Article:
Late in the week, the medical waste problem moved south to Maryland. About 400 syringes, some with needles attached, were found washed ashore in Baltimore's outer harbor. State officials said the waste posed no imminent health threat and they insisted this problem was minor compared to New York and New Jersey.

In New York, one obvious, if unpublicized, factor is the city's combined sewer system, the underground network of pipes that carries both sewage and rainwater. During heavy rains, the system overflows, pouring raw sewage and fecal matter into area waterways through 400 outfall pipes. At least 10 percent of the system's sewage, or 60 billion gallons, is believed to overflow each year.

An antiquated sewer system was also the culprit in the temporary shutdown of nine Boston-area beaches at the end of July, when an estimated 400 million gallons of wastewater poured into Boston Harbor. State officials say such overflows occur 100 times a year.

Boston and New York also are two of the only remaining metropolitan areas that systematically deposit sewage in the ocean.

Each day, less than half a mile from the Boston shore, a Massachusetts sewer agency dumps 70 tons of sludge and nearly 500 million gallons of partly treated sewage. "It has coated the area within Boston Harbor with contaminated sediments and is probably a significant contributor to fish disease," said David Fierra, the EPA's director of water management in New England.

Meanwhile, New York City, two of its suburbs and six New Jersey communities unload nearly 2 billion gallons of sludge each year at a site 106 miles off Cape May, N.J. Cindy Zipf of Clean Ocean Action, a New Jersey environmental group, said this dumping continues because "it's cheap. The ocean is free and it's always open."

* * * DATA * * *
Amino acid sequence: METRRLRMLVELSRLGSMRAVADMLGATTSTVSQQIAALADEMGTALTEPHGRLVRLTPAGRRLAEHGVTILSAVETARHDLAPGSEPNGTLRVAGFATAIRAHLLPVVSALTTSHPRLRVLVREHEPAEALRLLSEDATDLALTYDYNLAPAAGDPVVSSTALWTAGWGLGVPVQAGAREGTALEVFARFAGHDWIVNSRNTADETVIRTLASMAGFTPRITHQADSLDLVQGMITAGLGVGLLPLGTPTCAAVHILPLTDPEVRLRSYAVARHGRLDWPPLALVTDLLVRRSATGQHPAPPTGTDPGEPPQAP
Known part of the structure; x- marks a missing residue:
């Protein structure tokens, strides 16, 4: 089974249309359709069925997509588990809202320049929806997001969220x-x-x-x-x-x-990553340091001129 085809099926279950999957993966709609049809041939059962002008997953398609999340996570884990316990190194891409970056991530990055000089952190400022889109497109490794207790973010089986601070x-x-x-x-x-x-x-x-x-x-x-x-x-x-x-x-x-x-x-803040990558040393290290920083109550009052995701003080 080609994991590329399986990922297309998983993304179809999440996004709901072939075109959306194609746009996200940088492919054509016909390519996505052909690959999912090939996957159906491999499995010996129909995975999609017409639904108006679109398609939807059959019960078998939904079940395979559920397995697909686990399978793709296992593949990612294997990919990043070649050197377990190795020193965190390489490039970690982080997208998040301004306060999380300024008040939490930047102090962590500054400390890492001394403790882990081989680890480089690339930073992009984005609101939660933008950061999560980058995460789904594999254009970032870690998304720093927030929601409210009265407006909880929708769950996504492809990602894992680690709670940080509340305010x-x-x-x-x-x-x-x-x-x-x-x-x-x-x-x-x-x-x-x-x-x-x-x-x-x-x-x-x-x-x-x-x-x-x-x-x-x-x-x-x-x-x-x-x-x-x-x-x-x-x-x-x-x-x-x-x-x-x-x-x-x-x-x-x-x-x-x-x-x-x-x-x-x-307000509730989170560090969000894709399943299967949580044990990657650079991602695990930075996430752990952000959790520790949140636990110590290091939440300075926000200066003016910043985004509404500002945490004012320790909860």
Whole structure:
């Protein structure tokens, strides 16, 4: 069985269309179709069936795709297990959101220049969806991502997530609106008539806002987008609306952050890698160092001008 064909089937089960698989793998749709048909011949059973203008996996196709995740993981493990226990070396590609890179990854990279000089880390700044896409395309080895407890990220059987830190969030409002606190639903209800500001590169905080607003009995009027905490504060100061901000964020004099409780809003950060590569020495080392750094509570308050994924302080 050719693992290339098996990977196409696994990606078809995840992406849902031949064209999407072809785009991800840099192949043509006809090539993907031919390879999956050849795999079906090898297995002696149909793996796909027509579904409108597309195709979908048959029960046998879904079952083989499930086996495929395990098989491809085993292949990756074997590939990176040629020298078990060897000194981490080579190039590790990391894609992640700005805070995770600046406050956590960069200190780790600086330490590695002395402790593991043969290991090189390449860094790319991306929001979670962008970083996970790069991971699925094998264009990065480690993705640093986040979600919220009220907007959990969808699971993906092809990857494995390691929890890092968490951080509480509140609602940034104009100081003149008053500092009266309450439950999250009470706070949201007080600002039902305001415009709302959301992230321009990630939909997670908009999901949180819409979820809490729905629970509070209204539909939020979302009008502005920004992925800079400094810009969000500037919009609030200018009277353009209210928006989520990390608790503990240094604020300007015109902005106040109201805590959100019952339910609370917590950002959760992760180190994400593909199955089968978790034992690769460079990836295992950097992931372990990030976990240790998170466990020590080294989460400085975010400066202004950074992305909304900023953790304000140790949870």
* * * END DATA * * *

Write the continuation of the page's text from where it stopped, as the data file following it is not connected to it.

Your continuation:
Until last winter, the sludge was dumped at a site just 12 miles off New Jersey. Zipf says commercial fishermen 70 miles away have complained that their nets have been coated with a substance she describes as "a foul-smelling heavy milkshake."

Although EPA officials say there is little chance of this sludge finding its way back to shore, the agency has sued to force an end to the dumping. Congress, which unsuccessfully sought to ban ocean dumping in 1981, is moving to end the practice by 1991. Last week, however, New York City officials pronounced that deadline unrealistic and said they cannot stop dumping before 1998.

Such battles have made water pollution the hottest political issue in New Jersey. In May, Democratic presidential nominee Michael S. Dukakis toured the New Jersey coast in a fishing vessel and pronounced the water "disgusting." Last month Vice President Bush went to Point Pleasant Beach and called for a ban on ocean dumping. New Jersey Gov. Thomas H. Kean (R) said last week he may impose a construction ban in coastal communities in an attempt to reduce pollution and some Massachusetts officials are pushing a similar ban on Cape Cod.